Paul Maholm and Jason Jaramillo don't mix

I noticed something interesting with Paul Maholm recently. Maholm started the season off with a bang, allowing just two runs in 20.2 innings pitched. Then he started to struggle, with 18 runs allowed in his next 23.2 innings pitched. That was until his last two starts, where he threw 13 combined innings, with just one run allowed.

So what happened during that four game stretch? Could it be Jason Jaramillo?

Maholm was caught by Ryan Doumit in his first three games. With Doumit out, Jaramillo took over as Maholm’s catcher for that horrible four game stretch. Diaz took over in the last two starts, and Maholm rebounded back to his success from the first three games.

Maybe this is just a coincidence. Or maybe not.

Looking at the other Pirates’ starters, we get the following splits:

The only pitchers having success with Jaramillo are Ross Ohlendorf and Zach Duke, of course Duke is having success regardless of the catcher, while Ohlendorf doesn’t have the best ERAs with Doumit and Diaz.

Then there’s Jeff Karstens. Karstens had his first four starts with Jaramillo, allowing 13 runs in 20 innings. His next two starts were with Diaz, where he went six innings each time, allowing two runs in the first start, and three runs in the second start. His most recent start was with Jaramillo, with four runs allowed in six innings.

Finally we have Ian Snell. Snell struggled in his first start with Doumit, but rebounded nicely with two runs allowed in 13 innings over his next two starts. Since Doumit has gone down, Snell has six starts. His two starts with Diaz were both quality starts, with four runs allowed in 13 innings. His four starts with Jaramillo yielded 14 runs in 18 innings, with his only quality start coming tonight.

Overall Doumit and Diaz have spectacular ERAs in their time with the starters. Jaramillo on the other hand has a 5.19 ERA in 95.1 innings with the rotation. This is mostly due to Maholm, Snell, and Karstens, who all have had success with Diaz, with Maholm and Snell having success with Doumit as well.

Based on this information, and the hitting differences between the two catchers (Diaz at .306, Jaramillo at .255), I’d give Diaz the bulk of the starts until Doumit returned (starting Jaramillo only with Duke and Ohlendorf), and when Doumit returns I’d keep Diaz in the majors as the backup.

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Tim Williams

Tim is the owner and editor in chief of Pirates Prospects. He started the site in January 2009, and turned it into his full time job during the 2011 season. Prior to starting Pirates Prospects, Tim worked with AccuScore.com, providing MLB, NHL, and NFL coverage to various national media outlets, including ESPN Insider, USA Today, Yahoo Sports, and the Wall Street Journal. He also writes the annual Prospect Guide, which is sold through the site. Tim lives in Bradenton, where he provides live coverage all year of Spring Training, mini camp, instructs, the Bradenton Marauders, and the GCL Pirates.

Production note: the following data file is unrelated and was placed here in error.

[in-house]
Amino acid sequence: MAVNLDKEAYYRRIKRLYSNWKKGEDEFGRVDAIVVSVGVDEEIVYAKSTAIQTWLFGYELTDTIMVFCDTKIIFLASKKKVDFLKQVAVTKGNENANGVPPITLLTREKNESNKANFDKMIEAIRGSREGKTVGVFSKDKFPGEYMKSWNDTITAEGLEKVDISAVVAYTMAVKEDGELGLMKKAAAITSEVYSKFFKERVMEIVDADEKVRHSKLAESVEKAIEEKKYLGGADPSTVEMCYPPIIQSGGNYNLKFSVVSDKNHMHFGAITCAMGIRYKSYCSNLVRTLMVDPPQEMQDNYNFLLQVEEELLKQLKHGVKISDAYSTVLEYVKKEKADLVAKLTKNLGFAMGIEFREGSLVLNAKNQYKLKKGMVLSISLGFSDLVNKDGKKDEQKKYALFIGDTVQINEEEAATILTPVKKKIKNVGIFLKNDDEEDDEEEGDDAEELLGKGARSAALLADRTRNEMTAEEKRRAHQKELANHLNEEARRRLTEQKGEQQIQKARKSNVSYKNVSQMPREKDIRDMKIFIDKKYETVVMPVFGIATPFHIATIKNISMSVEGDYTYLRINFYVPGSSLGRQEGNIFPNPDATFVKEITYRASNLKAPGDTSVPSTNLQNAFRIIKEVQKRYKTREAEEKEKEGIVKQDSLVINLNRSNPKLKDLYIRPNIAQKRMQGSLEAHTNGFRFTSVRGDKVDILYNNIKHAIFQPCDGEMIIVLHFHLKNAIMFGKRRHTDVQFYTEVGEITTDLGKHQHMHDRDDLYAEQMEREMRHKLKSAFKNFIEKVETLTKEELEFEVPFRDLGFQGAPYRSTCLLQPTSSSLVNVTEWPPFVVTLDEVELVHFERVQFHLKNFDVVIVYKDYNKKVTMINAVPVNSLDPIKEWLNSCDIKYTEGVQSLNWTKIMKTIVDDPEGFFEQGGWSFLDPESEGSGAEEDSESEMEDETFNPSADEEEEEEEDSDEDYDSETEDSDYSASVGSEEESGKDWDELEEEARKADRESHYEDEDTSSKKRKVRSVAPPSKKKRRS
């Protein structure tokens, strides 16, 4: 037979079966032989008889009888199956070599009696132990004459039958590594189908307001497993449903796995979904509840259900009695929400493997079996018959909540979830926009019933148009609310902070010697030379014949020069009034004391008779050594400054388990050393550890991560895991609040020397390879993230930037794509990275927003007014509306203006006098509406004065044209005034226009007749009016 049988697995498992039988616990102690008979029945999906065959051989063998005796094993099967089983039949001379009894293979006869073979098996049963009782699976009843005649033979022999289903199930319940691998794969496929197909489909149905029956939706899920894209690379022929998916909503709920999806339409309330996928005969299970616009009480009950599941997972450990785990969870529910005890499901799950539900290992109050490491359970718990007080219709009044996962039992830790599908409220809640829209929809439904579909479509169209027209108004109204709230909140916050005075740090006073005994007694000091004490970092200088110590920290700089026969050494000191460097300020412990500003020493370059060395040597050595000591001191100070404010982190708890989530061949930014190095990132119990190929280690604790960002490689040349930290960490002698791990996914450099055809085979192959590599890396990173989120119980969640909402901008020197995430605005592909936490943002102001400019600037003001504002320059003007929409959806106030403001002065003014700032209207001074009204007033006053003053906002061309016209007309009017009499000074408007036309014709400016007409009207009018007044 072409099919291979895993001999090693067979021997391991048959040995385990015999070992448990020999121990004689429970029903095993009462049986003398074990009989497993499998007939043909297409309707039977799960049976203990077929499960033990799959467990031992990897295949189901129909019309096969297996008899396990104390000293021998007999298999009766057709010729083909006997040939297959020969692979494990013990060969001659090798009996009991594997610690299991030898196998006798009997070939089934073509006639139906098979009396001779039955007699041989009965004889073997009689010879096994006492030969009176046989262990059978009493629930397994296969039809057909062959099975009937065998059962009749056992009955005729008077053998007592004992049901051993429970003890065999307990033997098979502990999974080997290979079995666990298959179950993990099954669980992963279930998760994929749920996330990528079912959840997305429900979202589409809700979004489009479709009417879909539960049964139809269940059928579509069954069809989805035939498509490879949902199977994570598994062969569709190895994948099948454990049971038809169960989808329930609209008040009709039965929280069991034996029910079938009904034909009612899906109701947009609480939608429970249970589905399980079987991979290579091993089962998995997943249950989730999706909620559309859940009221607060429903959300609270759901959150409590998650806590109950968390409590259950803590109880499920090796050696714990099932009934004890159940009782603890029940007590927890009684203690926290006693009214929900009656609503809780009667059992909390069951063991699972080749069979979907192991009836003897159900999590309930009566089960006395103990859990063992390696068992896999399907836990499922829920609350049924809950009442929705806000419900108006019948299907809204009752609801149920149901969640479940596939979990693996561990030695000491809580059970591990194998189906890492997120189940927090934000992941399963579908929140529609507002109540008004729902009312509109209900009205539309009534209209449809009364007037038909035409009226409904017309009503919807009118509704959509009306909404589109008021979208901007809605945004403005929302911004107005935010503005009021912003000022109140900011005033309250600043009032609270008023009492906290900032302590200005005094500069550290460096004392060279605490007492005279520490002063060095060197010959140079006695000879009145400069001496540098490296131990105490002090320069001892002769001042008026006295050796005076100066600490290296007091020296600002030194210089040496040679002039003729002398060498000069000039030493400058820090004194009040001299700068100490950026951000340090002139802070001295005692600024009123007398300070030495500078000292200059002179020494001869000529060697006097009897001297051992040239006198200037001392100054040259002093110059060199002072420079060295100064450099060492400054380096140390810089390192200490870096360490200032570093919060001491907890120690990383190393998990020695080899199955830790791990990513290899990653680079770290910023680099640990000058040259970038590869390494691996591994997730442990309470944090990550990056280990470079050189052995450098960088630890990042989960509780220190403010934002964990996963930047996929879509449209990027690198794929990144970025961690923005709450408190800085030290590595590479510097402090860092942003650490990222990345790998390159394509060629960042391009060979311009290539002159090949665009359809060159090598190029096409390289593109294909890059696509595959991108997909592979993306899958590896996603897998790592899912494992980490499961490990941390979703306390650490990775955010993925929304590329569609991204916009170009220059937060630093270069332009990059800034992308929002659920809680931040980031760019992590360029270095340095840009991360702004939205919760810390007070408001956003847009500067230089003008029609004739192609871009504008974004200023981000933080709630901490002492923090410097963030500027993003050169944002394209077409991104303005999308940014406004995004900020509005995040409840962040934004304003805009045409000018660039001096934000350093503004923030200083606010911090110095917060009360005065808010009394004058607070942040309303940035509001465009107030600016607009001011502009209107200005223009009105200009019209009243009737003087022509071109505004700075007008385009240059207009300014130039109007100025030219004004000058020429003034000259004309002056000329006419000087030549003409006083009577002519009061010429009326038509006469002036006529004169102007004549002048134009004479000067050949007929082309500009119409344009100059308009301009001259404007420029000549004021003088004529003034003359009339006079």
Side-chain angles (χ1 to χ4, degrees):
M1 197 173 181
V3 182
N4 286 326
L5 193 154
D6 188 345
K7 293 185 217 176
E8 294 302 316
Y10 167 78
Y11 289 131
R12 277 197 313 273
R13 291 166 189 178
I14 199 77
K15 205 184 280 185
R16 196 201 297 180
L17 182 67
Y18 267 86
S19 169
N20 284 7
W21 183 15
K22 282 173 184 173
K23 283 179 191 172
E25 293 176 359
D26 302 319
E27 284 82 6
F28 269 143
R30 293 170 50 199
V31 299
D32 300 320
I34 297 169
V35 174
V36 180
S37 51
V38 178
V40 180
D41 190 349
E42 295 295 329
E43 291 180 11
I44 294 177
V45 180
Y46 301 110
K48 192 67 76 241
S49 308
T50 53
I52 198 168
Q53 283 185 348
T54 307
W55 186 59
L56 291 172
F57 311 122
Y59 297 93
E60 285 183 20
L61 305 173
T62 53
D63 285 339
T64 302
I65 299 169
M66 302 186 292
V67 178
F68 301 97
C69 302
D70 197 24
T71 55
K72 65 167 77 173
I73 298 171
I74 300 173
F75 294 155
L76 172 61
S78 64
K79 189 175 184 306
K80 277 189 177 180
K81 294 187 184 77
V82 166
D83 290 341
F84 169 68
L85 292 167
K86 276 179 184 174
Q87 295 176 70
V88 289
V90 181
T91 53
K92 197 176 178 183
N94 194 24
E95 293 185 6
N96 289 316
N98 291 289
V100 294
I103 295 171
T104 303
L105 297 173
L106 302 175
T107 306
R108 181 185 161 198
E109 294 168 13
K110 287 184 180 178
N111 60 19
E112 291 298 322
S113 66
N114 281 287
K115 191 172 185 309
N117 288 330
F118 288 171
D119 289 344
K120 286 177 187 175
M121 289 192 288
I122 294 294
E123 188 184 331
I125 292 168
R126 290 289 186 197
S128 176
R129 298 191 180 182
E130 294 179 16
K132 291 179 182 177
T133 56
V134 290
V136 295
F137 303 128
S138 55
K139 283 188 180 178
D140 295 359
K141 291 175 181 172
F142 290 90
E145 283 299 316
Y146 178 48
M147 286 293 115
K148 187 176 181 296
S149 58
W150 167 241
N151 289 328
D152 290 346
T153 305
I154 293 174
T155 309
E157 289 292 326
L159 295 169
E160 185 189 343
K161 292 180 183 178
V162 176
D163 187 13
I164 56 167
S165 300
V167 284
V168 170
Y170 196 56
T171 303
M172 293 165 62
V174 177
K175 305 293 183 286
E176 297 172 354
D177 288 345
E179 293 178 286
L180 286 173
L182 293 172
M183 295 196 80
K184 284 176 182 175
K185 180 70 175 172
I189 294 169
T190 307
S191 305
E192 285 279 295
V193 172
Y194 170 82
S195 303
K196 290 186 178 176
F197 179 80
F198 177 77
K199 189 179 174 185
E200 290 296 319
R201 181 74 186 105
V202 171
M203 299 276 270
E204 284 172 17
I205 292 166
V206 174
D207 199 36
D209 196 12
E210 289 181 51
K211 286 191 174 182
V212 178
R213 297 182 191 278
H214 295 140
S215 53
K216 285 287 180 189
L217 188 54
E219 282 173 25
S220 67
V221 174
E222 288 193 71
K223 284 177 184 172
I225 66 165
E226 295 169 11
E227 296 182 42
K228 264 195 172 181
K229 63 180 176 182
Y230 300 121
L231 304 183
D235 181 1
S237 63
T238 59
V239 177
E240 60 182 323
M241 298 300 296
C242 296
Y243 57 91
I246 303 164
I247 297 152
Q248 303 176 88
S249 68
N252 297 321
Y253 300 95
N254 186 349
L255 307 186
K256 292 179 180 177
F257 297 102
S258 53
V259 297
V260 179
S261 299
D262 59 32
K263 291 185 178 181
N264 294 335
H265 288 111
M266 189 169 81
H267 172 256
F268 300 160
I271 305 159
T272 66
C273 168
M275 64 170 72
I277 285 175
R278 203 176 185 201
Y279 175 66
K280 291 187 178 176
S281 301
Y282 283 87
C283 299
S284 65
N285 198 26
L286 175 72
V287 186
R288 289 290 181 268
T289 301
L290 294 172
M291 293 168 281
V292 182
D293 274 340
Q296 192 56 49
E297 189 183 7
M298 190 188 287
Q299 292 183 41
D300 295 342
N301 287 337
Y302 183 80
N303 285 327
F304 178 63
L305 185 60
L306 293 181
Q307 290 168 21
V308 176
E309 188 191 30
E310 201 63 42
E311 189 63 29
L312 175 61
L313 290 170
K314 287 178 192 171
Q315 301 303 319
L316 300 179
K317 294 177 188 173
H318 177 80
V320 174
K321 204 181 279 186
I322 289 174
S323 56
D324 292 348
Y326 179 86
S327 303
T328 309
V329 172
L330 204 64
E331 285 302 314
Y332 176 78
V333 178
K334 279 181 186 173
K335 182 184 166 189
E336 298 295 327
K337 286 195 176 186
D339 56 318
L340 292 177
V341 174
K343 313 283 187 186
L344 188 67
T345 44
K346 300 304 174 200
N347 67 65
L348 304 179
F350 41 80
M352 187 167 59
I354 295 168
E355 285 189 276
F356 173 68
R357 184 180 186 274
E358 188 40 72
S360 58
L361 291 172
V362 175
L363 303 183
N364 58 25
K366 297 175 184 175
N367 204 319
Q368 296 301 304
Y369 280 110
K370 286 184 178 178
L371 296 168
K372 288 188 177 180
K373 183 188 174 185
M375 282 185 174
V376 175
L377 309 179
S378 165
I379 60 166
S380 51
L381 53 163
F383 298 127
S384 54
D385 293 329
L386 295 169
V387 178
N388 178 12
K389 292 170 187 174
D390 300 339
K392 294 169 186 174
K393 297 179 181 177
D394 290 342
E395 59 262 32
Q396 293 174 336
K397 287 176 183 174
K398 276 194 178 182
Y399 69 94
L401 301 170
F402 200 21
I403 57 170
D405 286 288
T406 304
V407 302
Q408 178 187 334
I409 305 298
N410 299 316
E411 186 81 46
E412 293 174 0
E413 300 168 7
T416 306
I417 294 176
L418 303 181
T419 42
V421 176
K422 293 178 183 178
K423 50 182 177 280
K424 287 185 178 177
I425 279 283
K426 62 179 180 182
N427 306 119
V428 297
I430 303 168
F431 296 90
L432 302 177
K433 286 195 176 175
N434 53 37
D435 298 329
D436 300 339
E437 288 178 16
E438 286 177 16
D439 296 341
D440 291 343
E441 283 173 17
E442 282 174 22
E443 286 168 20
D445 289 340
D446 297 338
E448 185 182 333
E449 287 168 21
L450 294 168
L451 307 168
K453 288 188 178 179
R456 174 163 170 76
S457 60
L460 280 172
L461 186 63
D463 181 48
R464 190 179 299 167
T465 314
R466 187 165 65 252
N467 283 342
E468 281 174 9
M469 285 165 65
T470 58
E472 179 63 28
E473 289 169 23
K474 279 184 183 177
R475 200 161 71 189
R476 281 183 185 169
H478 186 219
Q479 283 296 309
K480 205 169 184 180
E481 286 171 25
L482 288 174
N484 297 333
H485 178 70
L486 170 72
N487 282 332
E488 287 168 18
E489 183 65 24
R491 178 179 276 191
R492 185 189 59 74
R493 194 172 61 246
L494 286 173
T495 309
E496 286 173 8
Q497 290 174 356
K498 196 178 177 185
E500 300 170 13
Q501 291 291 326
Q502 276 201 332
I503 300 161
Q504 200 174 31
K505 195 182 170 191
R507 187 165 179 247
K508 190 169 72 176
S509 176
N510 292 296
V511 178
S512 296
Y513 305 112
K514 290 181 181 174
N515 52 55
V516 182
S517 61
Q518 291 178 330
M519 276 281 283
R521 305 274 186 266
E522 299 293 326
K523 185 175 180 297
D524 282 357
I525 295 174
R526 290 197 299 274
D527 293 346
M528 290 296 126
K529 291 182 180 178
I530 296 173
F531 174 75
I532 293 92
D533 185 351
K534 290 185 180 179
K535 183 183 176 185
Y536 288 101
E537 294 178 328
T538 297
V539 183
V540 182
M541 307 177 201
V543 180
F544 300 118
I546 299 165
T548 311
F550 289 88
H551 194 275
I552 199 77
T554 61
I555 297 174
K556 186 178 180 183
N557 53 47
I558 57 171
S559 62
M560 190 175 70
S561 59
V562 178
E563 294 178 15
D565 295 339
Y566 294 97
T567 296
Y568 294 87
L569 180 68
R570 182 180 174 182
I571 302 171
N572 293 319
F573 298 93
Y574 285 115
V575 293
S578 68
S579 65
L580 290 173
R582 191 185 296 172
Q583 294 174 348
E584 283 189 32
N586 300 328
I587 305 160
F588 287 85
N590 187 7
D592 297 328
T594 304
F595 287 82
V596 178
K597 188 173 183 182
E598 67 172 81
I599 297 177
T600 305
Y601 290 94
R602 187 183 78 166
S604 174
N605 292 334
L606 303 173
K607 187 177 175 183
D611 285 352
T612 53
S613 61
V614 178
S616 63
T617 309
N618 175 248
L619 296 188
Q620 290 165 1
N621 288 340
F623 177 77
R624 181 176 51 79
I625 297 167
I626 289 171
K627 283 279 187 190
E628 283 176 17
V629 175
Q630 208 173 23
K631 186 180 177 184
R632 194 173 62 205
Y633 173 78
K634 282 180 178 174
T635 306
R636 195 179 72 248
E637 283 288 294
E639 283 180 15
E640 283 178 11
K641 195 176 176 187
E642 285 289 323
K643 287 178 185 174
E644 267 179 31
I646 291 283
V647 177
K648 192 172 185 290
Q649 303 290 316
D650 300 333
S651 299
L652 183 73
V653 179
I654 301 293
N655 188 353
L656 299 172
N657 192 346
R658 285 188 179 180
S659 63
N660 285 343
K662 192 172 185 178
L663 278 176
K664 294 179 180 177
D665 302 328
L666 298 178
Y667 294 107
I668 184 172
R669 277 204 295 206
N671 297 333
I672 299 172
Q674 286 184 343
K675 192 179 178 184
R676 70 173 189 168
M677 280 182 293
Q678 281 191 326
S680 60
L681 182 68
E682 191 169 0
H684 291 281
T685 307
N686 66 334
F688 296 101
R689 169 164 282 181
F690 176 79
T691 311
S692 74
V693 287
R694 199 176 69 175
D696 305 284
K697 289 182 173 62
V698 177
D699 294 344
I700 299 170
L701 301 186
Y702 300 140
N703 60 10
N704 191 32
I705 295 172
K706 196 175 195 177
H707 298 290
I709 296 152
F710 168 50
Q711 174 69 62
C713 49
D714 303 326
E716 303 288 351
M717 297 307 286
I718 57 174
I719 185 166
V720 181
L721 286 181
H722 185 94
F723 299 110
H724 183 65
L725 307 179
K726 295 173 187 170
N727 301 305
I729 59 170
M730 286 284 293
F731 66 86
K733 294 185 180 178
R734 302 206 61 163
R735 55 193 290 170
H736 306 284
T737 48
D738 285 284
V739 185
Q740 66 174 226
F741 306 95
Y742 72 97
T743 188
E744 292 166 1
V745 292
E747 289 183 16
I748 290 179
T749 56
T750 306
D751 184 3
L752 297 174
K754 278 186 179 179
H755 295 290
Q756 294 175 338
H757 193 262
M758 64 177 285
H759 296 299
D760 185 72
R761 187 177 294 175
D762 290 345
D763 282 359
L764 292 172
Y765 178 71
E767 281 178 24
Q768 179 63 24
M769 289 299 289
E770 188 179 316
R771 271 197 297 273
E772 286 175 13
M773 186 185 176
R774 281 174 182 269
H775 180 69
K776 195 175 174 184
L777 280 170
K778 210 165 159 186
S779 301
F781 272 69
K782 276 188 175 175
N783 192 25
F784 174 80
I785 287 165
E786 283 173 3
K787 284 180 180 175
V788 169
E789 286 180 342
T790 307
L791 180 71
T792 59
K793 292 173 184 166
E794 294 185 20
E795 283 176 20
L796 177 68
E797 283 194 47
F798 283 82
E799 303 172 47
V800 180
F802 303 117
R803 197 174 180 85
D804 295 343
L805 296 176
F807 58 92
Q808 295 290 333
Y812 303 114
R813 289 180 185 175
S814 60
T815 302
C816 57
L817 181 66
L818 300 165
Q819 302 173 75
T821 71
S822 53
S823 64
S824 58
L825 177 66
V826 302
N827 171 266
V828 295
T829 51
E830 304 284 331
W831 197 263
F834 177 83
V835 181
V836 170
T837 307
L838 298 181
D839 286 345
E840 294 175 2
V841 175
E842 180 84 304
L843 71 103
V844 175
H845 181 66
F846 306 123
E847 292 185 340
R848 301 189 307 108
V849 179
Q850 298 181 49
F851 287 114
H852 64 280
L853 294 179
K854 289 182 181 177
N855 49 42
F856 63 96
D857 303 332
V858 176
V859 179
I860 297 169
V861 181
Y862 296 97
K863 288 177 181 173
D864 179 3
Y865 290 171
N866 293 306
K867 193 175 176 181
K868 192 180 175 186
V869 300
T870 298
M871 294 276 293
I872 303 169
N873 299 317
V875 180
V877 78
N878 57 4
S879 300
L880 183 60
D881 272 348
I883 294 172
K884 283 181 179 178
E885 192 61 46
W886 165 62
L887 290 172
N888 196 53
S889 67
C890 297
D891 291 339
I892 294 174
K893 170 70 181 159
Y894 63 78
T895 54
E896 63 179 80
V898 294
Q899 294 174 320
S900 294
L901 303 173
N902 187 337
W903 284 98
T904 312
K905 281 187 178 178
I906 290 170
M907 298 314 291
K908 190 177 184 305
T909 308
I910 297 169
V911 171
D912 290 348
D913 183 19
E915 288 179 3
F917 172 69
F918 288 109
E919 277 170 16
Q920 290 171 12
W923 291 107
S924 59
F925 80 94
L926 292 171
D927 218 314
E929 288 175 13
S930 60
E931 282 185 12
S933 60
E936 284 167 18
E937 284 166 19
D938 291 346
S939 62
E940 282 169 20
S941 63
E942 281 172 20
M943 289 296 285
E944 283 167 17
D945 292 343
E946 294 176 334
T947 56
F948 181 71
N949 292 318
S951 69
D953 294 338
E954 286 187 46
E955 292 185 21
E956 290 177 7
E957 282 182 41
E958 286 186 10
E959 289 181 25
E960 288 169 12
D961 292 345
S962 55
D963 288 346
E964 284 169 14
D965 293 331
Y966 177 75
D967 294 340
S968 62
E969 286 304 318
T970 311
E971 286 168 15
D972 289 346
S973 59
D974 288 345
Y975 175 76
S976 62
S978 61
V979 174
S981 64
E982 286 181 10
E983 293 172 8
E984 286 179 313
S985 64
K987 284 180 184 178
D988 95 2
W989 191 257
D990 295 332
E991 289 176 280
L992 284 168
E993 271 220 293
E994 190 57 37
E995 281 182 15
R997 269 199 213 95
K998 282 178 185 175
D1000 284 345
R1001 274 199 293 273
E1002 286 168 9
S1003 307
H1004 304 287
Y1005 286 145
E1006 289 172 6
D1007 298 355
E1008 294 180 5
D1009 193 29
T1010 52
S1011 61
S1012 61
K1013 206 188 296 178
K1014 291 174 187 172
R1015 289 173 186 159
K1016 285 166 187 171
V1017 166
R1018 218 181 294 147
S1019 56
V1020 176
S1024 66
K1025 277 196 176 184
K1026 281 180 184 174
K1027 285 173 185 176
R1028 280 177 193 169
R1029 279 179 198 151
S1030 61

• Nooter

    Your basing those CERAs on such a small sample size, it just can’t be taken seriously. Who were the opponents?

    As far as Jaramillo’s hitting vs Diaz. Diaz has been solid but sliding fast, Jaramillo is sporting a .390 ish on base percentage that is holding steady, while he works through his slump. They’re pretty comparable offensively. Despite the averages.

    Jaramillo is the better defensive catcher.

  • Tim Williams

    I agree it’s not a huge sample size, but you can’t ignore the trends:

    -Maholm was doing well, struggled with Jaramillo, and did well with Diaz.

    -Karstens was struggling with Jaramillo, and has done well with Diaz.

    -Snell had 2/3 good starts with Doumit, struggled with Jaramillo, and did well with Diaz.

    Maybe it won’t hold up, and maybe it will. But those are the stats for now.

    As for the hitting, Jaramillo has been in the 7/8 positions in the lineup. Diaz has moved up to 5/6, which could explain his struggles. Of course, if we’re talking about small sample sizes, I’d say the 50 or so at bats for each player would be a small sample size.

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